Essay5DraftFinal - Timothy Han WRT 102.14 Freedom of Smoke Han 1 Some would call smoking cigarettes a veritable plague on mankind as we know it As

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Timothy Han Han 1 WRT 102.14 11/30/07 Freedom of Smoke Some would call smoking cigarettes a veritable plague on mankind as we know it. As a result, the country crusades against this “wave of disease” and makes it a point to hunt down and even shut down companies that sell these cigarettes. And so the popular culture sends wave after wave of anti-tobacco advertisements. The reality of the situation, however, is that this government crusade makes little sense whatsoever. The government should not be regulating smoking because sending tobacco companies into lawsuits when its customers feel the long term effects is faulty logic. Most, if not all tobacco companies label the risks of using their product on the actual package. People are aware of the harms of smoking, but choose to do it anyway for myriad reasons. Thus, the individual, not the company, is responsible for any consequence of smoking. Furthermore, the effects of smoking are grossly over exaggerated to begin with. For example, it is absurd to say that a John Doe died from smoking when he could have also suffered from diabetes, high cholesterol, or lack of exercise. There is simply no way to isolate smoking as a direct link to death. I am not a smoker and will probably never regularly smoke cigarettes because it is just a personal preference. I strongly detest, however, the persecution smokers get in this modern day and age. Setting laws such as the prohibition of smoking in restaurants and similar faculties is reminiscent of segregating the nation into white and black. The simple truth is that a smoker should be allowed the freedom to smoke without being ostracized by the media and even his or her own government.
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Han 2 The supposed “devastating” effects of cigarettes are vastly embellished. In Rosalind B. Marimont’s editorial, "The Harmful Effects of Smoking Are Overstated", she notes to start off that: The Centers for Disease Control and Prevention (CDC) uses an erroneous computer application to estimate the number of deaths caused by smoking, leading the public to believe that 400,000 Americans die annually from smoking-related illnesses. In actuality, many of these deaths could be the result of other health problems, such as high cholesterol or obesity. In effect, this application ignores other health risks and goes straight for smoking as a cause of death when it may only have been a minor contributing factor. Marimont goes on to note that, “ It is false that second hand smoke (ETS) is a proven health danger. The EPA report naming Environmental Tobacco Smoke as a class A carcinogen is a triumph of politics over science, and a symbol of corruption of science by government.” Thus the harmful effects of cigarettes are isolated to the individual and not to, as many claim, “everyone around the smoker”. Marimont states in her editorial, “Alcohol and drug abuse contribute to crime, violence, spouse abuse, child neglect, sexual promiscuity and sexually transmitted diseases. Nicotine does none of these things.”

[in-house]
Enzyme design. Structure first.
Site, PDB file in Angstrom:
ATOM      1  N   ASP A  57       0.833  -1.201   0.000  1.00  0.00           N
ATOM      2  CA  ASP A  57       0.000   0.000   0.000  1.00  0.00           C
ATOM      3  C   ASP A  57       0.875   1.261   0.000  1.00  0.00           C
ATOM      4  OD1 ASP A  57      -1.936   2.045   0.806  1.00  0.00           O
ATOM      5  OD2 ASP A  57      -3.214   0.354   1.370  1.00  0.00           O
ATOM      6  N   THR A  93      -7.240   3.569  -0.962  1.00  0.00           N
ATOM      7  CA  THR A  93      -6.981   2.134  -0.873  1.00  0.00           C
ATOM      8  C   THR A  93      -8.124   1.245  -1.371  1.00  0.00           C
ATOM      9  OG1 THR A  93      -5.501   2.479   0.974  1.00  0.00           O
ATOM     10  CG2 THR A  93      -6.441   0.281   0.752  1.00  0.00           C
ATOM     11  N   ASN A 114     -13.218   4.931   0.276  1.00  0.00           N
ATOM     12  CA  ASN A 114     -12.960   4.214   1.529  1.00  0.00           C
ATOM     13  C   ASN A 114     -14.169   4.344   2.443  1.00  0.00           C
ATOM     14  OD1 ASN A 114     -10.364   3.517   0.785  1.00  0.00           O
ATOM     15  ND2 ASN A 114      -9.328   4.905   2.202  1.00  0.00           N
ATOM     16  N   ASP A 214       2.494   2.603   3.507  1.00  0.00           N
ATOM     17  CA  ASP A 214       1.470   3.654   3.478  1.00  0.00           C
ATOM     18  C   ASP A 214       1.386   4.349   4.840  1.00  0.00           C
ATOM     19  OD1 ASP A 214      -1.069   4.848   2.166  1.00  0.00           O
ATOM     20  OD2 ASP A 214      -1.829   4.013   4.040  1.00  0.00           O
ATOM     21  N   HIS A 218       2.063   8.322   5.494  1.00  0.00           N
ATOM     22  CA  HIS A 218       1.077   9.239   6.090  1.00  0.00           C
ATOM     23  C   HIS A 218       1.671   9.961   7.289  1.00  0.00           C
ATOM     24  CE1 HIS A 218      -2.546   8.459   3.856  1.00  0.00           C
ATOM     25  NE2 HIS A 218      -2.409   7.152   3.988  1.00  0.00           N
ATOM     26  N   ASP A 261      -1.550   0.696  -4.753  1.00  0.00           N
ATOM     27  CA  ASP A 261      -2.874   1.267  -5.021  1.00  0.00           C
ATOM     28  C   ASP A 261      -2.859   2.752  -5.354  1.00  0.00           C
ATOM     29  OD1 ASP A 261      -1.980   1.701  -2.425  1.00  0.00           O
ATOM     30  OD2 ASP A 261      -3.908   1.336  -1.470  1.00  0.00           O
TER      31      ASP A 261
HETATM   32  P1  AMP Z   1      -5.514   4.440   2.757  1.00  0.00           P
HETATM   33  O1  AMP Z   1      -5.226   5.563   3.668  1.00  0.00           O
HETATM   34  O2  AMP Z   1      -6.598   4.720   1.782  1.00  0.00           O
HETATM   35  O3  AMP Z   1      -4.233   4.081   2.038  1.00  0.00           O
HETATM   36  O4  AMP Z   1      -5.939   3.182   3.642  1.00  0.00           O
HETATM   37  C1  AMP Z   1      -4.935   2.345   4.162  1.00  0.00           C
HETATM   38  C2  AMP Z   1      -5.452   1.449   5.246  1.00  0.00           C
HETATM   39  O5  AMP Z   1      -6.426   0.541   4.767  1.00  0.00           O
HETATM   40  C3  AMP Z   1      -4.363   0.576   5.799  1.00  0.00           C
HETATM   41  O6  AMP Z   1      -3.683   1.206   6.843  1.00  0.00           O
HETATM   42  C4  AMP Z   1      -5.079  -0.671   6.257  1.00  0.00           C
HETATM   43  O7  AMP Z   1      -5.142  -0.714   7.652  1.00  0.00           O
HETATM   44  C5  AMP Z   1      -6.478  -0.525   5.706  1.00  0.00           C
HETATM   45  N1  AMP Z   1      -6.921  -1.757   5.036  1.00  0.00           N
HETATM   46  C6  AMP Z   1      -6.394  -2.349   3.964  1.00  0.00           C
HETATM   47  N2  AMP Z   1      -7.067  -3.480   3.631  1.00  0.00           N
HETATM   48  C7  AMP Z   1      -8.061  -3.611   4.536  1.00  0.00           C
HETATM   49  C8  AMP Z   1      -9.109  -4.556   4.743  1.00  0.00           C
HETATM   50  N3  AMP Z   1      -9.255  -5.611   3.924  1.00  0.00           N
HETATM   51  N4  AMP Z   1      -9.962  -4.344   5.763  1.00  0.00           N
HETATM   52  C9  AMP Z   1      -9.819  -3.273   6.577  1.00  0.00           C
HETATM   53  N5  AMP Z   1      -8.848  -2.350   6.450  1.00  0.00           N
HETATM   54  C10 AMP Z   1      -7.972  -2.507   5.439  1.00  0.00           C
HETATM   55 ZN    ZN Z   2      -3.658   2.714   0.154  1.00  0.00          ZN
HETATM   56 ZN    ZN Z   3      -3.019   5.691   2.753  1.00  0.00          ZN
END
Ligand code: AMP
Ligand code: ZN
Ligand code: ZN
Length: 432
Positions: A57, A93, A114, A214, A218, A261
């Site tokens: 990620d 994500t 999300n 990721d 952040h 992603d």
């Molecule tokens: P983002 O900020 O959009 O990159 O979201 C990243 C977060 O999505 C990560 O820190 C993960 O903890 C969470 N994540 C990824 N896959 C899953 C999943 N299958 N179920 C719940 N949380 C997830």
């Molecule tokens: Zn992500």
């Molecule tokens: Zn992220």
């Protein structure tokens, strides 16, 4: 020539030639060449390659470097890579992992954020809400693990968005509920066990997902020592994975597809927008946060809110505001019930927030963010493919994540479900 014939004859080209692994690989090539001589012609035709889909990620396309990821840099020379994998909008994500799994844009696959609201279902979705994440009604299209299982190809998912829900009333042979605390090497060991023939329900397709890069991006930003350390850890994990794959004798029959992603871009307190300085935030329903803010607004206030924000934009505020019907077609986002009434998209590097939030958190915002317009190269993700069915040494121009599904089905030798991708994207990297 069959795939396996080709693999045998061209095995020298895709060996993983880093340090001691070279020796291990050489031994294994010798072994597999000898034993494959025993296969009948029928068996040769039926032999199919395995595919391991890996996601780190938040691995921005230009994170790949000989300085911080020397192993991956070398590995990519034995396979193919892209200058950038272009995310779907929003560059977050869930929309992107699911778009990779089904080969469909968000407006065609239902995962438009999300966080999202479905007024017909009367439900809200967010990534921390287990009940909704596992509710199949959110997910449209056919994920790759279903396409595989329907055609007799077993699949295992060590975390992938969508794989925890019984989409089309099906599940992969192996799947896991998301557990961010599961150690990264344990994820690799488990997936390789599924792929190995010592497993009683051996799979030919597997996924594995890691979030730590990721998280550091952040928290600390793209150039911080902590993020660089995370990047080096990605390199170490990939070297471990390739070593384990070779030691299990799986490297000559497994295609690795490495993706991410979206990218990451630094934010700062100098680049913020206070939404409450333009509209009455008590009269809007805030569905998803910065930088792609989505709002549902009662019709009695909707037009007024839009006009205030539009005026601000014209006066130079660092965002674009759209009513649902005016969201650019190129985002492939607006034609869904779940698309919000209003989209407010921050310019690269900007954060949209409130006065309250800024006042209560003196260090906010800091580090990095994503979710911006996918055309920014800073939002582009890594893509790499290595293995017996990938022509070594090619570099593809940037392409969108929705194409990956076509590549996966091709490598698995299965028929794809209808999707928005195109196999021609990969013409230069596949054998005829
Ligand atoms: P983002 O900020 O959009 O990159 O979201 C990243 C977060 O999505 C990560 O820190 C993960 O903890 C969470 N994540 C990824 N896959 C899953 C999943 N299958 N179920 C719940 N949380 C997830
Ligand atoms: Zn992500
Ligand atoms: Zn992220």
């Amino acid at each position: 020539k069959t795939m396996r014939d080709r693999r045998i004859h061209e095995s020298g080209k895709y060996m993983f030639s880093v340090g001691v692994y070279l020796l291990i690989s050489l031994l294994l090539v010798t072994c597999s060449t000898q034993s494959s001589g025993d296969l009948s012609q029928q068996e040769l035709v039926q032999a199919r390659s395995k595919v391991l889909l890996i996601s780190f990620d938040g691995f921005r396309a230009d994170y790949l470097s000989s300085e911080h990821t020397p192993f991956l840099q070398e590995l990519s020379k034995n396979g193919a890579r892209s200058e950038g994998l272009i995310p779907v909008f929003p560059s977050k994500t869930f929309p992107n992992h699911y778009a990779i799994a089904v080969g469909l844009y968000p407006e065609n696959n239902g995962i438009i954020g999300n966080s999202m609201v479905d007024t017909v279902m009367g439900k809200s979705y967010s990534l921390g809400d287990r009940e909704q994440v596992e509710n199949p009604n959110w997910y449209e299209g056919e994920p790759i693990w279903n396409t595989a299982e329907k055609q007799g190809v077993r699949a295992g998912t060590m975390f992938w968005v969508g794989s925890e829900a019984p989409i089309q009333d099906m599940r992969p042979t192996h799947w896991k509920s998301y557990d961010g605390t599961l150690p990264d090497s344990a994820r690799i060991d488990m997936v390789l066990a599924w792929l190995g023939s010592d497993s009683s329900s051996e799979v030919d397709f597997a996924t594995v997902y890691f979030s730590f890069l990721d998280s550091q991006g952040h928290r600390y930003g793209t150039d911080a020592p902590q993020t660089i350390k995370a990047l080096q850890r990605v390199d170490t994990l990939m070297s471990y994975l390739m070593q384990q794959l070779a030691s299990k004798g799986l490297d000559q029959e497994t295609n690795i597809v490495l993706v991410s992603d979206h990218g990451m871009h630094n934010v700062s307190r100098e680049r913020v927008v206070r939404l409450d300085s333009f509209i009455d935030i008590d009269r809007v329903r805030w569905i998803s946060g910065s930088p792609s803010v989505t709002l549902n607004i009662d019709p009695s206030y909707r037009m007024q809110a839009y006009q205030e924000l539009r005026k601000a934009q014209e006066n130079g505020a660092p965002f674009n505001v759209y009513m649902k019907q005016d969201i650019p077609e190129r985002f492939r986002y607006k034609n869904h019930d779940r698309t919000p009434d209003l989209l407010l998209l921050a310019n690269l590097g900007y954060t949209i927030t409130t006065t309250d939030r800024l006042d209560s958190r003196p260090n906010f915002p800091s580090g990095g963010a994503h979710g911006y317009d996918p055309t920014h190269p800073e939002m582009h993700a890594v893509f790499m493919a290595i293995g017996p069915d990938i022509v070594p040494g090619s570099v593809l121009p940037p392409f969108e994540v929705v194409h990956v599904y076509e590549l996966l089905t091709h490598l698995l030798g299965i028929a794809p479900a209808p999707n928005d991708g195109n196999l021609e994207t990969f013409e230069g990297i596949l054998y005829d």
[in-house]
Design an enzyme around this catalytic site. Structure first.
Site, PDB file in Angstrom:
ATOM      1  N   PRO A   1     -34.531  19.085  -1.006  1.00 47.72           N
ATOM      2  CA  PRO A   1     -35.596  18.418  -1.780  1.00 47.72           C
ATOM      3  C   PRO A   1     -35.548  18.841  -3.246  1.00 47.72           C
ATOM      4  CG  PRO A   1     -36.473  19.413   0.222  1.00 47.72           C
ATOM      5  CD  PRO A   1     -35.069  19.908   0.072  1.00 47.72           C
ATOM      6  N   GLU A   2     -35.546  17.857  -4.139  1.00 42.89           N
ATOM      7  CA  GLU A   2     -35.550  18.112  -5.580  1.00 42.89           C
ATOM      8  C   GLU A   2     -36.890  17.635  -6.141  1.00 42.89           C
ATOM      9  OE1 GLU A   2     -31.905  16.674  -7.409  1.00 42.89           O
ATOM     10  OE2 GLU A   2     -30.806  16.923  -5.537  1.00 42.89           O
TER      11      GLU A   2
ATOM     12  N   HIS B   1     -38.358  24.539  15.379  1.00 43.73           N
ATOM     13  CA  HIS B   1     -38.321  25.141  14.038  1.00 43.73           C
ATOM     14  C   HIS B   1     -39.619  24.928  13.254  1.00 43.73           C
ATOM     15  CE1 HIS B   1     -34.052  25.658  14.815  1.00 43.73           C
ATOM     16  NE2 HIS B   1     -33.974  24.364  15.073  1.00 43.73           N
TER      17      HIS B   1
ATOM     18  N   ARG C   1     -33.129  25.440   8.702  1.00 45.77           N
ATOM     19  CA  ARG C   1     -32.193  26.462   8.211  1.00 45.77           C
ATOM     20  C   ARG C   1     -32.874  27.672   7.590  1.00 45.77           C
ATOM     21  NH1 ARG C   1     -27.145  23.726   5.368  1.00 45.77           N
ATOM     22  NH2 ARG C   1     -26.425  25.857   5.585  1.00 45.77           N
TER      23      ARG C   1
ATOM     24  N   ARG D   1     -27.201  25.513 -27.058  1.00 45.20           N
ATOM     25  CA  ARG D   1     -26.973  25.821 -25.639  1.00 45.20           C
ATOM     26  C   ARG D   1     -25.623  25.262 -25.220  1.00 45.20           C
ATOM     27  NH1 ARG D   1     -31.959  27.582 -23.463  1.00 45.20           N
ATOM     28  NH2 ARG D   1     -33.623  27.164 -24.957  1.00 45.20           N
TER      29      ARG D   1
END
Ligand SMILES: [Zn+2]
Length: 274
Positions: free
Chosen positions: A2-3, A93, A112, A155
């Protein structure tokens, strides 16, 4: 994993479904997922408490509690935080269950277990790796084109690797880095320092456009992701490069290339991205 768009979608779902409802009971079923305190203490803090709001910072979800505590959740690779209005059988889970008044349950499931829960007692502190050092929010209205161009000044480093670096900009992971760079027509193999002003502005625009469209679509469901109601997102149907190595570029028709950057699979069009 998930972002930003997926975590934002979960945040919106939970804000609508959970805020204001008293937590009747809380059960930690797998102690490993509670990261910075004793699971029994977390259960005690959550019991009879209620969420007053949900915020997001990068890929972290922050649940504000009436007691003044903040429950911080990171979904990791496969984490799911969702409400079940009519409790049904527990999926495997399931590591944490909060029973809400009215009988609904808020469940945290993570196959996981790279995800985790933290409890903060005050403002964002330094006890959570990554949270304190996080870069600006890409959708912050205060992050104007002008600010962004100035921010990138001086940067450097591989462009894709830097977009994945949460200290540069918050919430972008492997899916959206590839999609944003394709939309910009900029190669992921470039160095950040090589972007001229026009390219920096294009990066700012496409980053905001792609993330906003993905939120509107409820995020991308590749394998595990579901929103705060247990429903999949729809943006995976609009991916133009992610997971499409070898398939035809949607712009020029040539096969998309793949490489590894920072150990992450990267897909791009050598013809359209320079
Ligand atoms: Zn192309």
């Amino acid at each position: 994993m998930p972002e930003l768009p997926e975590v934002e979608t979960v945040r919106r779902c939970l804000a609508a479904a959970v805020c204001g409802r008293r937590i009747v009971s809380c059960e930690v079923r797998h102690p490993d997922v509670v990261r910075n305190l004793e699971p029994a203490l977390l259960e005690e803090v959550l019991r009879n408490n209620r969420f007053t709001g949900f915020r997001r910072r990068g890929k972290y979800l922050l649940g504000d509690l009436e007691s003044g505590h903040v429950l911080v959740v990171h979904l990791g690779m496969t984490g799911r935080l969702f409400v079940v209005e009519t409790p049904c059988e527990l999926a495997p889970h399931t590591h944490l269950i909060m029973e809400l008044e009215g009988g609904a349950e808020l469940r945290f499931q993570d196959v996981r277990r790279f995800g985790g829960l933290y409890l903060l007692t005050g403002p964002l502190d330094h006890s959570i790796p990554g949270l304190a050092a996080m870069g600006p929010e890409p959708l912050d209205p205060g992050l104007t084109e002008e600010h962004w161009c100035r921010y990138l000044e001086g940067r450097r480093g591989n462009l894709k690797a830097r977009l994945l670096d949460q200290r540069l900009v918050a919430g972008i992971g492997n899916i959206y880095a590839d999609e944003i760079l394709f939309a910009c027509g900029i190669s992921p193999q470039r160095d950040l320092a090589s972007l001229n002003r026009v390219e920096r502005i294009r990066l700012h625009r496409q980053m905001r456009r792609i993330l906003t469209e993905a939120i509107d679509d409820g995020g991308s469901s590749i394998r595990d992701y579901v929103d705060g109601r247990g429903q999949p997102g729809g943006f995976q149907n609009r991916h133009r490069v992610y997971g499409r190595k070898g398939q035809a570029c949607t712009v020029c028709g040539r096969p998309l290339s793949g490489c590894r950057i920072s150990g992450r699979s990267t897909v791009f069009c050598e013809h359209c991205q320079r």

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This note was uploaded on 04/17/2008 for the course WRT 102 taught by Professor Frost during the Fall '08 term at SUNY Stony Brook.

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Essay5DraftFinal - Timothy Han WRT 102.14 Freedom of Smoke Han 1 Some would call smoking cigarettes a veritable plague on mankind as we know it As

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